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Vermont’s first community-owned dairy farm offers farmstead cheese

At the Farmstead Cheese Co. in South Woodstock, Vt. there are 135 cows.vermont farmstead cheese co./Vermont Farmstea

SOUTH WOODSTOCK, Vt. — Perched on a hill overlooking a valley, Farmstead Cheese Co. began as a neighborly plan to preserve a dairy farm.

The bucolic 18-acre site was a former water buffalo farm and creamery that produced mozzarella and yogurt. When its owners moved to Canada and put the land up for sale, locals worried about the loss of jobs and the disappearance of another bit of the Green Mountain State's rich heritage. They feared that the pastoral landscape might be grabbed by a developer.

So 14 neighbors banded together to buy the farm and decided cheese making might safeguard its future. Within the year, they rebuilt the creamery, brought in a mixed breed herd — Holstein, Jersey, Ayrshire, and Swiss Brown — to blend milks and make farmstead cheese. They started the first community-owned dairy farm in the state. In two years, the company has won dozens of awards for its cheddar, a harvarti-style tilsit, Edam, and English and French-style cheeses.

The new owners are not novices. They include seasoned farmers and food industry executives who hired experienced staff. The top cheese maker, Rick Woods, 46, has been plying his craft for 19 years. "We're a new company, but it's not the first time around the block for these people," says Sharon Huntley, who is in charge of marketing.


Rick Woods (left) and Tom Gilbert.Brad Pettengill/Vermont Farmstead Cheese Company

On a recent morning, Woods and an assistant were in the creamery making cheddars. He starts each day at 6 a.m., producing about 4,000 to 10,000 pounds of cheese a week, depending on the season, in a dozen varieties. "I watch the sun rise," Woods says. The two wear white lab coats, rubber boots, and hairnets, and work quickly at a stainless steel vat, which holds close to 600 gallons of coagulated milk, as they rake the custard-like mass (curds), to separate them from the liquid (whey). The sweet smell of warm milk wafts from the vat as the moisture begins to cook away. Making cheese, says Woods is "alchemy and chemistry."


In an adjacent room, racks are filled with aging raw-milk cheeses that sit for three to six months and longer. There are blocks of WindsorDale, firm and flaky, made from an 1800s recipe for English Wensleydale, along with buttery and crumbly cheddars, some flavored with wild blueberries or whole cranberries. Wheels and cylinders of Lillé, rich and creamy with a firm core and supple rind, similar to French Coulommiers, sit in another room, where cool temperatures help them slowly ripen.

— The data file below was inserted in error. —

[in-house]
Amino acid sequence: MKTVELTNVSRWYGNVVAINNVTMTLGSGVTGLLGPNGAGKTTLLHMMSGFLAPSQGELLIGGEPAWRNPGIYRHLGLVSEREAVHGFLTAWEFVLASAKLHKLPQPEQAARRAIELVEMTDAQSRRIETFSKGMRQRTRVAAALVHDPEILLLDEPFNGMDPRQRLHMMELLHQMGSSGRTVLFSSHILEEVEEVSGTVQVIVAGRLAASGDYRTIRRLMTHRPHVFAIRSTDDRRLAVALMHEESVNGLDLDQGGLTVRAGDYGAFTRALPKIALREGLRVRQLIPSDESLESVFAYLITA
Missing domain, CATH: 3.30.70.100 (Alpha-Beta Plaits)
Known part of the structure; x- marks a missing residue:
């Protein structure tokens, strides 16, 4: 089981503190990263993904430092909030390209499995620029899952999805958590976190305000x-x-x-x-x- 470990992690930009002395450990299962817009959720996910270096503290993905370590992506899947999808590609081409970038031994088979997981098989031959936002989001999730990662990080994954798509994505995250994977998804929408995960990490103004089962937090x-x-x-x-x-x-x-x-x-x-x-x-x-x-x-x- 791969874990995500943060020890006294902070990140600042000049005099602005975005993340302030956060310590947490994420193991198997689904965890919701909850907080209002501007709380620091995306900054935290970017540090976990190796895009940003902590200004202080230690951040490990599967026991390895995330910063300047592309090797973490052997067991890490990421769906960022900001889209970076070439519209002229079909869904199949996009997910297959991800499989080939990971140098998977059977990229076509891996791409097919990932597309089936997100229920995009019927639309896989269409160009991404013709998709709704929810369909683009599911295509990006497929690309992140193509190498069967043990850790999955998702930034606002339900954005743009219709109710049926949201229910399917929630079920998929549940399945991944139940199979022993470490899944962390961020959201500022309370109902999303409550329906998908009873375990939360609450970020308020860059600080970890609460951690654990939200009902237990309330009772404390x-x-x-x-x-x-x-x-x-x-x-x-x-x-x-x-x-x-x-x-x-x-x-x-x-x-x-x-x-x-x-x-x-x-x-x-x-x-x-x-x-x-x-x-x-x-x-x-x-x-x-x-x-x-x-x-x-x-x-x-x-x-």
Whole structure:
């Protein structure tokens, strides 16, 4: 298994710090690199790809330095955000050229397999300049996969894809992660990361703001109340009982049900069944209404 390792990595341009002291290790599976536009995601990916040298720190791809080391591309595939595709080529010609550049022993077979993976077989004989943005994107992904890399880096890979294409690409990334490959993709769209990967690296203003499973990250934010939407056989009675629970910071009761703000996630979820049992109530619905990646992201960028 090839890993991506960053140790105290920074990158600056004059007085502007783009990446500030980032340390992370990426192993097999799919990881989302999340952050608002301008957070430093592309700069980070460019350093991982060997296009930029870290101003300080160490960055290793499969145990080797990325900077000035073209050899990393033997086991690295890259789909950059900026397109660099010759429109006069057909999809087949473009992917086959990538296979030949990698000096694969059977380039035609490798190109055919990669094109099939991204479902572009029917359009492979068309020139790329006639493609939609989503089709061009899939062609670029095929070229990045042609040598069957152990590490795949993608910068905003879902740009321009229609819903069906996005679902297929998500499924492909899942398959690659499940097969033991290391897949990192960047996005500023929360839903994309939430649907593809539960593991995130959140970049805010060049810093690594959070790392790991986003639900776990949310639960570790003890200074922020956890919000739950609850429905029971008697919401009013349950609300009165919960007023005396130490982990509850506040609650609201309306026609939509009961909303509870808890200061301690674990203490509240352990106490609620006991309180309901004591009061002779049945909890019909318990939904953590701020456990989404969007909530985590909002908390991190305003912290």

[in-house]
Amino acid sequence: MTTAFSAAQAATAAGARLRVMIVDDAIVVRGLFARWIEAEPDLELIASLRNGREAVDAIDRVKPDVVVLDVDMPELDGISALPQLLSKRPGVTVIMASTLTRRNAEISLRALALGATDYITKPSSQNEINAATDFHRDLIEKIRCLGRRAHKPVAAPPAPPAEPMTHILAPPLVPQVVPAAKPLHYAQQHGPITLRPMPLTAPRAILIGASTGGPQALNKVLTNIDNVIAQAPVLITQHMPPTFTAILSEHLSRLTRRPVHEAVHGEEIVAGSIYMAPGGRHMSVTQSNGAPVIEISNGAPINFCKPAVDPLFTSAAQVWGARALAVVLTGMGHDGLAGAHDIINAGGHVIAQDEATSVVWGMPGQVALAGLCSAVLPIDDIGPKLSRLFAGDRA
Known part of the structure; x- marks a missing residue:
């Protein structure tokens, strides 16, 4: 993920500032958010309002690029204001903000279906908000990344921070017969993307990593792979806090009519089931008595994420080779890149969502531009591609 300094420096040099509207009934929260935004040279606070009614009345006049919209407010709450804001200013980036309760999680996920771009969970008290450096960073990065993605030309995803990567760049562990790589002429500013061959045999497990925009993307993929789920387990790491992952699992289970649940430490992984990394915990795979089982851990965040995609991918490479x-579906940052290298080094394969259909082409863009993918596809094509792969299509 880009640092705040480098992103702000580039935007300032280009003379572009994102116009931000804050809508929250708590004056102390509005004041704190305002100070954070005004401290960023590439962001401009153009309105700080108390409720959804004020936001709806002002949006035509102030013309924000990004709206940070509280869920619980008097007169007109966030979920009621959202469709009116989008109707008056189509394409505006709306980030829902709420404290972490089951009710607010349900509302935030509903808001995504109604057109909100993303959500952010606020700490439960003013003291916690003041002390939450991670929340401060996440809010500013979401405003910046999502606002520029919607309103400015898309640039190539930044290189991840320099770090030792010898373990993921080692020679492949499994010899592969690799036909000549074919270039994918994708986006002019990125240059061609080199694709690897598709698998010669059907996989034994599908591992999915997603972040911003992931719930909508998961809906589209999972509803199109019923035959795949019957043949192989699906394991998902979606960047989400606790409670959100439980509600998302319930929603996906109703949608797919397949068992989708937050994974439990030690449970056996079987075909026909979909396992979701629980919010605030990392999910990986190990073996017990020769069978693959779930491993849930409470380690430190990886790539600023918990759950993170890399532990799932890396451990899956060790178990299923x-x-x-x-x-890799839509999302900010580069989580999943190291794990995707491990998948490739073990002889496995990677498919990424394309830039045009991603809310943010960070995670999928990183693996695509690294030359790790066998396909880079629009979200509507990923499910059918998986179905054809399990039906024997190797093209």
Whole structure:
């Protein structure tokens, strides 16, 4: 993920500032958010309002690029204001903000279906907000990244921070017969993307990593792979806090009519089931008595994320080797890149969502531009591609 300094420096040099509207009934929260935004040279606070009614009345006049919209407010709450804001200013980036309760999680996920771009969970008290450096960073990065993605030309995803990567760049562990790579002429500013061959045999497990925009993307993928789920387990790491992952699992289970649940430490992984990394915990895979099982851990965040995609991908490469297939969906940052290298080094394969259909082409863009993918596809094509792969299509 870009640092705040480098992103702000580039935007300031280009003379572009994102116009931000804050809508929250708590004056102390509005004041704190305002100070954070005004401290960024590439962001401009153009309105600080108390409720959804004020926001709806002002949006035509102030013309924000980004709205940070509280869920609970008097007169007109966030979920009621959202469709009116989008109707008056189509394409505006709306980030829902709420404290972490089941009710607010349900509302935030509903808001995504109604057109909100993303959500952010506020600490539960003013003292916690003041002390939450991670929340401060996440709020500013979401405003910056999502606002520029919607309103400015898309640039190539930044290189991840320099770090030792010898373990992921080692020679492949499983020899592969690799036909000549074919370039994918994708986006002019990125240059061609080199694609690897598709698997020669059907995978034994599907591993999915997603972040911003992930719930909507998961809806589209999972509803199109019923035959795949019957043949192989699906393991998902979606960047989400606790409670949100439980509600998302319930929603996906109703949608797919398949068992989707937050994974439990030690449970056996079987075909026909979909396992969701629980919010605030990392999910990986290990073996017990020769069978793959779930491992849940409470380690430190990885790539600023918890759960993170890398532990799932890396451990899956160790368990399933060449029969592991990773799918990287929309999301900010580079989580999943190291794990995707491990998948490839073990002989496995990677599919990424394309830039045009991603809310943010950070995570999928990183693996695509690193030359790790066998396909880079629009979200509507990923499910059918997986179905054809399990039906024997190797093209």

A variety of Farmstead’s cheeses.Kristin Teig/Vermont Farmstead Cheese Company

Meanwhile, cows shuffle from the barn to the stalls, picking which one they want, in a nearby milking parlor: Ten at a time stand nose to tail as they are milked mechanically. "They know right where
to go and when they're done they just head back," says Marjorie Hardy, who handles the milking. Hardy, 22, was raised on a dairy farm in Maine and
studied animal science at the University of Connecticut.

There's a herd of about 135 in the barn, which include heifers and calves. Here is Marcy, a sweet-tempered black Jersey, and a much larger Holstein, Niagara. "She doesn't make trouble," says Hardy. "She's a fly-under-the-radar kind of gal." Mya, which happens to be Hardy's Ayrshire, is friendly and comes running when you call her. The Brown Swiss, Lilly Belle, with her big head and floppy ears, must know she's adorable. "It's like a playground of kids," Hardy says.


Vermont Farmstead Cheese Co.  products are available at Formaggio Kitchen, 244 Huron Ave., Cambridge, 617-354-4750 and 268 Shawmut Ave., Boston, 617-350-6996; Wasik's Cheese Shop,
61 Central St., Wellesley, 781-237-0916; Concord Cheese Shop, 29 Walden St.,
Concord, 978-369-5778; Roche Bros.
markets; or go to vermontfarmstead.com.

Ann Trieger Kurland can be reached at atrieger@comcast.net.